Education is one of the eight Millennium Development Goals (MDG) of the United Nations. Considerable interest has been displayed in online education at scale, a new arising concept to realize this goal. Yet connecting online education to real jobs is still a challenge. This CHI workshop bridges this gap by bringing together groups and insights from related work at HCOMP, CSCW, and Learning at Scale. The workshop aims at providing opportunities for groups not yet in the focus of online education, exemplified by students who have not have equal access to higher education, compared to typical students in MOOCs.
The focus is on theoretical and empirical connections between online education and job opportunities which can reduce the financial gap, by providing students with an income during their studies. The workshop explores the technological analogue of the concept of ‘apprenticeship’, long established in the European Union, and education research . This allows students to do useful work as an apprentice during their studies.
This workshop tackles such questions by bringing together participants from industry (e.g., platforms similar to Upwork, Amazon Mechanical Turk); education, psychology, and MOOCs (e.g., attendees of AERA, EDM, AIED, Learning at Scale); crowdsourcing and collaborative work (e.g., attendees of CHI, CSCW, NIPS, AAAI’s HCOMP).
Call for Participation
WorkLearn is a full-day workshop at CHI 2016 (May 8th) that will investigate the question how to link online education and labor at scale. We will investigate concepts like online apprenticeship and how to provide monetary independence for students in online education. We aim to establish a cross Atlantic community interested in the question how online learning can provide education for people with a low socioeconomic status.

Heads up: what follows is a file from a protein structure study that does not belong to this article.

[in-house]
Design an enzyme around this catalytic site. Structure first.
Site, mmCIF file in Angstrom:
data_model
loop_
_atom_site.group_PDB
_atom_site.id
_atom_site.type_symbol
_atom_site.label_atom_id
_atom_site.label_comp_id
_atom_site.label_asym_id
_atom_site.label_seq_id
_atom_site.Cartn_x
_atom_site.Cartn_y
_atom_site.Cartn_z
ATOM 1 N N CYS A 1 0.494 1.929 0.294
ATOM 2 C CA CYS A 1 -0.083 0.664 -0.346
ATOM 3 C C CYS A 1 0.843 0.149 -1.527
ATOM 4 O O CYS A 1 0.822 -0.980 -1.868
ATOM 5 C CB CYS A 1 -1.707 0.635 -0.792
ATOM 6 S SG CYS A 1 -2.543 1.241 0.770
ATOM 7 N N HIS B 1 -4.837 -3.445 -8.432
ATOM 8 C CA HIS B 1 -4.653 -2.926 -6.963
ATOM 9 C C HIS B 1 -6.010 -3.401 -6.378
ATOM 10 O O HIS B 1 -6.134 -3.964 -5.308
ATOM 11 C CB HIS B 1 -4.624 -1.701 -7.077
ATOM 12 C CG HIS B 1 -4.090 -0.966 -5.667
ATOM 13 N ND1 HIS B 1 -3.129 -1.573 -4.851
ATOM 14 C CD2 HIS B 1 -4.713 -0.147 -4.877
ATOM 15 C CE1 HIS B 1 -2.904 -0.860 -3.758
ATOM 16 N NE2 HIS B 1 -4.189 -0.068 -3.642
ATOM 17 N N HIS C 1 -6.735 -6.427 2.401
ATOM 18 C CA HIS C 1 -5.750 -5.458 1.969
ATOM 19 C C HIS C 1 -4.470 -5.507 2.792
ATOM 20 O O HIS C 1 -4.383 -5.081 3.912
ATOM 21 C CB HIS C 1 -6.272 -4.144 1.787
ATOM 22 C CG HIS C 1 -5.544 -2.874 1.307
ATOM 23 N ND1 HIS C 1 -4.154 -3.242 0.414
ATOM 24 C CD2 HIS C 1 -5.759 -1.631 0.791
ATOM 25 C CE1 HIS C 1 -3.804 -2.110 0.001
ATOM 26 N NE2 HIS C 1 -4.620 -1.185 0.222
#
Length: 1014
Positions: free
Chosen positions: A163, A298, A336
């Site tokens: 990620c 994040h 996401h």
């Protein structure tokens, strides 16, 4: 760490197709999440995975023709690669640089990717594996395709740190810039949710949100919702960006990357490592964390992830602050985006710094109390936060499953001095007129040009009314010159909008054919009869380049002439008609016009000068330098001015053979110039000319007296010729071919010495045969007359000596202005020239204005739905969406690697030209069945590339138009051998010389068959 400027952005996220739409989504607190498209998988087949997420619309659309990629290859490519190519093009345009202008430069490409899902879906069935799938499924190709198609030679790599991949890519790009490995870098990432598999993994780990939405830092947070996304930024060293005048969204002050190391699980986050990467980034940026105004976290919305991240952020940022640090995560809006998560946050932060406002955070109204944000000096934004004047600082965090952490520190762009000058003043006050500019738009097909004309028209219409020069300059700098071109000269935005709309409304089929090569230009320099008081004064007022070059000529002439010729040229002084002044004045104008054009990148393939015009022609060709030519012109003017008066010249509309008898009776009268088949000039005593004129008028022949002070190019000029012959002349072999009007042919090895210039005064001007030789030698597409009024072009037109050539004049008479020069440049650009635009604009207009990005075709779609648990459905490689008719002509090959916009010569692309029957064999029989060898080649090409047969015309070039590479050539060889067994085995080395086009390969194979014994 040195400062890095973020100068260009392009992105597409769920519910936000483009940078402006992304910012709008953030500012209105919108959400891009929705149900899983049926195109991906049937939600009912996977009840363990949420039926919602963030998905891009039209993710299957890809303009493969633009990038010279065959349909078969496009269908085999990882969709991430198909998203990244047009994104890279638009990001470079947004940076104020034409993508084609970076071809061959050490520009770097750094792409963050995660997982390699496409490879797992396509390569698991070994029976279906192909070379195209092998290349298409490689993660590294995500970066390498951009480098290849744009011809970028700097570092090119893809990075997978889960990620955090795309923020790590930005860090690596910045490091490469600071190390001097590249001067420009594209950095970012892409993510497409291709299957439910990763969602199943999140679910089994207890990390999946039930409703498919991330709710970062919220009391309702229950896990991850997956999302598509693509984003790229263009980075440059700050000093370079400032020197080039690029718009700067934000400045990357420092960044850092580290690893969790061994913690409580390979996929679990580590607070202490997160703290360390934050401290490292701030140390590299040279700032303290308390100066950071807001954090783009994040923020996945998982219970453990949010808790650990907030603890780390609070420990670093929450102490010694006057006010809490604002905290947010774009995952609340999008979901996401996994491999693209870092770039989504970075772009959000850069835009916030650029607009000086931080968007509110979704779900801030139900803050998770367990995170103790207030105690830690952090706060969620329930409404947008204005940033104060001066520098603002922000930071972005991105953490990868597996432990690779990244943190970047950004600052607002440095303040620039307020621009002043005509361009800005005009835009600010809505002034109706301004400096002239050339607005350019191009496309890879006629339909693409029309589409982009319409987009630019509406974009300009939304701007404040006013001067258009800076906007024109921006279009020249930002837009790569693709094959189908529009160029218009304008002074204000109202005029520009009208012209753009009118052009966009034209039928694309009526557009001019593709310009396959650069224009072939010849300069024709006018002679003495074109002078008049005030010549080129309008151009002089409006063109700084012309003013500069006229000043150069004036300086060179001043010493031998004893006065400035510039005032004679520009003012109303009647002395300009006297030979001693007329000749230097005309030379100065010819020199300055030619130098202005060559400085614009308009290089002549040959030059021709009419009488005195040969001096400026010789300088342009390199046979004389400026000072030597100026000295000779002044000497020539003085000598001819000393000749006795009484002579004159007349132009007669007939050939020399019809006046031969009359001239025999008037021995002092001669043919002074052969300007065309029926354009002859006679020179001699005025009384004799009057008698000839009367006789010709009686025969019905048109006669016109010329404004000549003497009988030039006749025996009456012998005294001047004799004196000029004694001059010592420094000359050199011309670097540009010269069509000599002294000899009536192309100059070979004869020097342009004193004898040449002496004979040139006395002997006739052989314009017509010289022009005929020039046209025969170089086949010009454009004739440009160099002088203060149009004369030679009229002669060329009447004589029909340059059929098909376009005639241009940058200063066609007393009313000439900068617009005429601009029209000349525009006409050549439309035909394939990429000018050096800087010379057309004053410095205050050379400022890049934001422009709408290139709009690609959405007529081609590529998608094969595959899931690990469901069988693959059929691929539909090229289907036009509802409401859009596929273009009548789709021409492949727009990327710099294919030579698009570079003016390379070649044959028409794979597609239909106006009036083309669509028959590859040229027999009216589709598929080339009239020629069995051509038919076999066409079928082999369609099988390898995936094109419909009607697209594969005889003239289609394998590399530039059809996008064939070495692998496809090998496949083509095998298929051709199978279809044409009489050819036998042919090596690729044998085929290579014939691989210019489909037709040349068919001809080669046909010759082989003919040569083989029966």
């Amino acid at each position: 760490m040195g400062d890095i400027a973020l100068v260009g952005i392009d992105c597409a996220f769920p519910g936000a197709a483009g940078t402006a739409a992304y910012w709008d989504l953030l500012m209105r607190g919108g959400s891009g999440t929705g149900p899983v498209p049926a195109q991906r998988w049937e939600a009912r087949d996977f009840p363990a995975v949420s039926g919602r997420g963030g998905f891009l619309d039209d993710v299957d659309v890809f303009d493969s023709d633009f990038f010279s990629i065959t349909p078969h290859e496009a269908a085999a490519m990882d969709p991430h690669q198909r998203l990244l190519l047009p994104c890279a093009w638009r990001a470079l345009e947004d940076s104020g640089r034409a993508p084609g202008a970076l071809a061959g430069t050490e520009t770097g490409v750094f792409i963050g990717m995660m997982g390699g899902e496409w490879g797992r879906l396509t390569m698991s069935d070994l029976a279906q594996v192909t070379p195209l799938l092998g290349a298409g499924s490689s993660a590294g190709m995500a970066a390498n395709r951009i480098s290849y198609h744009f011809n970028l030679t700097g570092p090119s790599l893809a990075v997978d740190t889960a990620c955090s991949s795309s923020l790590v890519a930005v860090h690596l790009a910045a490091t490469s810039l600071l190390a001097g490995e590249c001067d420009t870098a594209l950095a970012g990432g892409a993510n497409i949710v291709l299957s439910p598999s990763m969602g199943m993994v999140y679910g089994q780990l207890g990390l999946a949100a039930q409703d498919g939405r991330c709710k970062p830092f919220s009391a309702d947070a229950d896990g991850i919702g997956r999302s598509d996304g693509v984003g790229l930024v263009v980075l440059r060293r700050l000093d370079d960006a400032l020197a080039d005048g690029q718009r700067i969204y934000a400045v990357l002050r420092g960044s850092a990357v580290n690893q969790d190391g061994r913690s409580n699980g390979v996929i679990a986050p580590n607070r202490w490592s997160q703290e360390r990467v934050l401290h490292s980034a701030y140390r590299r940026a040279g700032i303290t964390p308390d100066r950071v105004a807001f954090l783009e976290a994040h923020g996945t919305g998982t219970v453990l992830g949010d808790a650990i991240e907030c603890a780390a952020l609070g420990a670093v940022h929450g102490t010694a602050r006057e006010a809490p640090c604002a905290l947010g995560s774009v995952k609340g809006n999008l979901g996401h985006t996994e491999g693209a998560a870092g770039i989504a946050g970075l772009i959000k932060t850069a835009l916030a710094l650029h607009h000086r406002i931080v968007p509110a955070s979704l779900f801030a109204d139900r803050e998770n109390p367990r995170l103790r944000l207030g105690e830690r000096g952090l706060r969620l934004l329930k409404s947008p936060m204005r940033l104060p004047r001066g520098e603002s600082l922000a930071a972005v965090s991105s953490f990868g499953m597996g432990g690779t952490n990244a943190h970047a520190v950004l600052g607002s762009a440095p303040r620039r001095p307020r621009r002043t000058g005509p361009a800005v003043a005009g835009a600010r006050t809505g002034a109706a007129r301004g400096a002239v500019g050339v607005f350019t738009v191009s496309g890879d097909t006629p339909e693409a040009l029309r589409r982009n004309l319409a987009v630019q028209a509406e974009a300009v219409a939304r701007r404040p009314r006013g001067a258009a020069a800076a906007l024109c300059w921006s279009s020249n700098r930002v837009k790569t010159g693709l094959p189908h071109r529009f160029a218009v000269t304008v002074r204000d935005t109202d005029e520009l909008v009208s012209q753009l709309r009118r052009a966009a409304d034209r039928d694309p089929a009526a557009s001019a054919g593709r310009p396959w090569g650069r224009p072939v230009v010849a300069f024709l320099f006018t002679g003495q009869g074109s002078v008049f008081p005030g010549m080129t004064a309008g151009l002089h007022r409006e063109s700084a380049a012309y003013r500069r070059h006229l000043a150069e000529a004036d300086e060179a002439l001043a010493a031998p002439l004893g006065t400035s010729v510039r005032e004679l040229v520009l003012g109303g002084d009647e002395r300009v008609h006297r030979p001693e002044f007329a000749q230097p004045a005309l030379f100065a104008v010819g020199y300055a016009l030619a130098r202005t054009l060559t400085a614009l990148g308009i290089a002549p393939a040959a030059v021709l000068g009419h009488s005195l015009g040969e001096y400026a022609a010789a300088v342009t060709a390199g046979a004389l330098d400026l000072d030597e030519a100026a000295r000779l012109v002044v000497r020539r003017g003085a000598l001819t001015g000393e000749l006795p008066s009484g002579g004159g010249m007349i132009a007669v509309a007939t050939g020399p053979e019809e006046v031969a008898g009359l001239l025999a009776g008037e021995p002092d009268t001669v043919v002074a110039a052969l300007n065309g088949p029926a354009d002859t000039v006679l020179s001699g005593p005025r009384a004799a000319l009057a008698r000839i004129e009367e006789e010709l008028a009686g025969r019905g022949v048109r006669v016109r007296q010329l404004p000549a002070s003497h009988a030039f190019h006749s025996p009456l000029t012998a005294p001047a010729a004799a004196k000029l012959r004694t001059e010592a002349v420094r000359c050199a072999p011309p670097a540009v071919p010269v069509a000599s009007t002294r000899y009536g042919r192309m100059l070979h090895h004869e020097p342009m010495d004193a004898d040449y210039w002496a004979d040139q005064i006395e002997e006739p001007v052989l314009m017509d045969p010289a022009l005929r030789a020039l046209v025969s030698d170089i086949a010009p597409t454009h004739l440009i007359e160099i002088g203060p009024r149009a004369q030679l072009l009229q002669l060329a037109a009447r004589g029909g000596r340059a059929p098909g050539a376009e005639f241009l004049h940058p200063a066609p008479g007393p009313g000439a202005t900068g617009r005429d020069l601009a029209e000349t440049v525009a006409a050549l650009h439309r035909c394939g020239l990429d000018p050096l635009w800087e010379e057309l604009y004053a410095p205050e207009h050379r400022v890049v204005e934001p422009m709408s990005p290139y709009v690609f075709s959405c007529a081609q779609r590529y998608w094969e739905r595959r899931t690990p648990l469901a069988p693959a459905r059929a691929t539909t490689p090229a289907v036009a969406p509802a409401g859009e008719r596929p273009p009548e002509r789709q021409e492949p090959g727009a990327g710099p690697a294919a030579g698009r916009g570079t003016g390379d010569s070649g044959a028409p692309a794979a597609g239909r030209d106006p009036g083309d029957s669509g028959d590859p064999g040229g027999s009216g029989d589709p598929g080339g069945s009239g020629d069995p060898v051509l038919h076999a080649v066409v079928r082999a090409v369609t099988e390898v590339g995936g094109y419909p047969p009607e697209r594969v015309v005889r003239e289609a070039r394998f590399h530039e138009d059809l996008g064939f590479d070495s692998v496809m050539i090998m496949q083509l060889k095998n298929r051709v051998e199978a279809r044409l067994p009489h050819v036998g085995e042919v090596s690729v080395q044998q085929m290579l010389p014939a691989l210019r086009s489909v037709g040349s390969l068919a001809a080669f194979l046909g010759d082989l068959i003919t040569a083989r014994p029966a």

The workshop focuses on:
Challenges and demands of industry
What skills do we need to train (crowd and online) workers for?
What can crowdsourcing do for learning at scale?
Platforms and software to connect online work and learning
How can a platform for online learning be linked to a platform for crowd work in a way that creates a more skilled workforce and better crowd work?
Embedding Learning in Work settings.
How to link online technology which supports work and problem-solving – such as decision and performance support systems – to just-in-time online training and educational resources. This includes implementing apprenticeship-like relationships between students and online workers to enhance learning, motivation, and independence.
Given these goals we are particularly open to the participation of PhD students and other early-career researchers. In this respect, we offer you the opportunity to join our workshop by writing a short two-page position paper addressing relevant subjects. The paper should tell us about you, your research, and your research goals. Please let us know why you are interested in the workshop and why you think your research can help education at scale fulfill its promise. The paper should contain a short summary of the state of the art research that you consider most influential to your goals. The second part should draw some lines between this state of art and your work. Submit your paper via e-mail to the workshop organizers: firstname.lastname@example.org. As CHI has changed some deadlines for this year’s workshops please visit www.worklearn.org for deadlines.
Submissions are chosen based on relevance, quality, and contribution.
Your WorkLearn organizers.